When advertising professional and scuba diving enthusiast Richard Vevers realised his favorite marine creature (the delicate sea dragon) was vanishing into the blue, he was compelled to raise awareness of the consequences human activities have upon the marine environment. As he so astutely observed, the chief challenge facing marine conservation is actually very simple: “The ocean has a marketing problem.”
So he contacted Jeff Orlowski (of “Chasing Ice” fame, the 2012 documentary which documented the stark retreat of many of the world’s glaciers) with a suggestion: film time-lapse footage of the rapid bleaching and eventual death of coral reefs, in order to bring the consequences of global climate change to the public forefront.
This vision was flawlessly executed in a powerhouse documentary with a near-perfect balance of science, humor, rich visual imagery, and one very urgent message.
Altogether the gallant cast of “Chasing Coral” is a diverse crew of professionals from many fields, including an advertiser turned underwater photographer, a few marine biologists, underwater filming enthusiasts, coral enthusiasts, and some brilliant engineers.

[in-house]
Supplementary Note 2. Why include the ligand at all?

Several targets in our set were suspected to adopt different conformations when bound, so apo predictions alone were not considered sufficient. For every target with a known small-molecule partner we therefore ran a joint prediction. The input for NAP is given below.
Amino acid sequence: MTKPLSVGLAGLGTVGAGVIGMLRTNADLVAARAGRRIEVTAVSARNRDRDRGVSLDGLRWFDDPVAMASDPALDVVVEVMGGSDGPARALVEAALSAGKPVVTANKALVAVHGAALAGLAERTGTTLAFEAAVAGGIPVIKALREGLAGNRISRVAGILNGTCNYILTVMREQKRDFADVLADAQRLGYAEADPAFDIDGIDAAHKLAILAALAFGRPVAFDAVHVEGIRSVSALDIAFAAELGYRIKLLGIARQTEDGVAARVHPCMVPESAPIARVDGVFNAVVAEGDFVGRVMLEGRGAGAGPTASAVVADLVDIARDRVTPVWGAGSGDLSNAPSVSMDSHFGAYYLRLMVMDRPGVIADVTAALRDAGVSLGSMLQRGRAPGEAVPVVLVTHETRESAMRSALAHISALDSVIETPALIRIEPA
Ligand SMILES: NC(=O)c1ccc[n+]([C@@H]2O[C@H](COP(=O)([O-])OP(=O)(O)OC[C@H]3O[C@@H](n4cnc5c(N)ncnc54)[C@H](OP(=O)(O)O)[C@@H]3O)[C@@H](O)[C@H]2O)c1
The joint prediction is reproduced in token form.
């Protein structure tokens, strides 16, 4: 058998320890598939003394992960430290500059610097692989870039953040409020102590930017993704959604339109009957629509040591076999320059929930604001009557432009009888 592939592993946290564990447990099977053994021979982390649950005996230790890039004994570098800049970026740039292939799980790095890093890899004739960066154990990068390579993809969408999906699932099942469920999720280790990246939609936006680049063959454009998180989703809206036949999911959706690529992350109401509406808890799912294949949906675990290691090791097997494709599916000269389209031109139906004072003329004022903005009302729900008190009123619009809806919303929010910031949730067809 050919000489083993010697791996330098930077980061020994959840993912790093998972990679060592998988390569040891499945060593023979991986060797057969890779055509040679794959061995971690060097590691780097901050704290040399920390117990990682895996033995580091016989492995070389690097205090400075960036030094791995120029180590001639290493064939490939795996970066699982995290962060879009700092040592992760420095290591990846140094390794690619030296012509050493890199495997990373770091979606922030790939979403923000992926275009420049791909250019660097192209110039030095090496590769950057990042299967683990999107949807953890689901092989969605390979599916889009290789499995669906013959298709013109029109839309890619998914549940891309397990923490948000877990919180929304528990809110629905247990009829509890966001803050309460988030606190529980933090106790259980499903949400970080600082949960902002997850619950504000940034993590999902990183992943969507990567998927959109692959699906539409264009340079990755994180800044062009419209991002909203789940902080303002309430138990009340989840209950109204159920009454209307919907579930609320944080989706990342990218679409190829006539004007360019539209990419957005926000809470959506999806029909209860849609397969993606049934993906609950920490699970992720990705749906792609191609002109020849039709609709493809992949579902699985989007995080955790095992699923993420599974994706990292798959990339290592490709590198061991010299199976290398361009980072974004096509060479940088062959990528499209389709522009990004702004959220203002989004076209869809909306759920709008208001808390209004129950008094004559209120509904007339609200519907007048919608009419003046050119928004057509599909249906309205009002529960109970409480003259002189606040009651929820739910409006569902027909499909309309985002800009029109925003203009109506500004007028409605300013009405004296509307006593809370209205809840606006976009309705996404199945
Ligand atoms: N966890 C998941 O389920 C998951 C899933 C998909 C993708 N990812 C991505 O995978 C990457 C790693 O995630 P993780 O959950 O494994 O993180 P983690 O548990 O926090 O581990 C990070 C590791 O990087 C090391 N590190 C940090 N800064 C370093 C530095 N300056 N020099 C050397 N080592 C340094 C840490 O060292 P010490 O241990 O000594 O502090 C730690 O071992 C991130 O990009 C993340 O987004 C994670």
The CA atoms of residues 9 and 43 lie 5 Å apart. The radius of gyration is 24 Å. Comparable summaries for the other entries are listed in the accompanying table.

Every good story needs engaging characters and the “Chasing Coral” team could not have found a better one than Zack Rago. A proud coral nerd from ocean-sparse Colorado whose hobbies include keeping saltwater tanks occupied by nothing but coral (honestly, who does that?), Rago is young, passionate, and infinitely endearing. Watching him unabashedly listing off the Latin names of the corals in his collection does any scientist’s heart good.
Also pleasing to the researchers in the room will be the emphasis “Chasing Coral” places on educating its viewers. It is often tempting for nature documentaries intended for a general audience to briefly clarify that coral is in fact a living animal, but then skim over the rest of the organism’s biology entirely to move on to the conservation or ecological message. But “Chasing Coral,” is unafraid to delve deeper and elaborates on the science behind bleaching and the fascinating nature of coral’s intrinsic symbiosis with its photosynthetic zooxanthellae. Under the premise of marine biologist Dr Ruth Gates explaining coral biology to Vevers, the science lesson uses a cheerful, conversational style of teaching and beautiful 3-D images as illustration.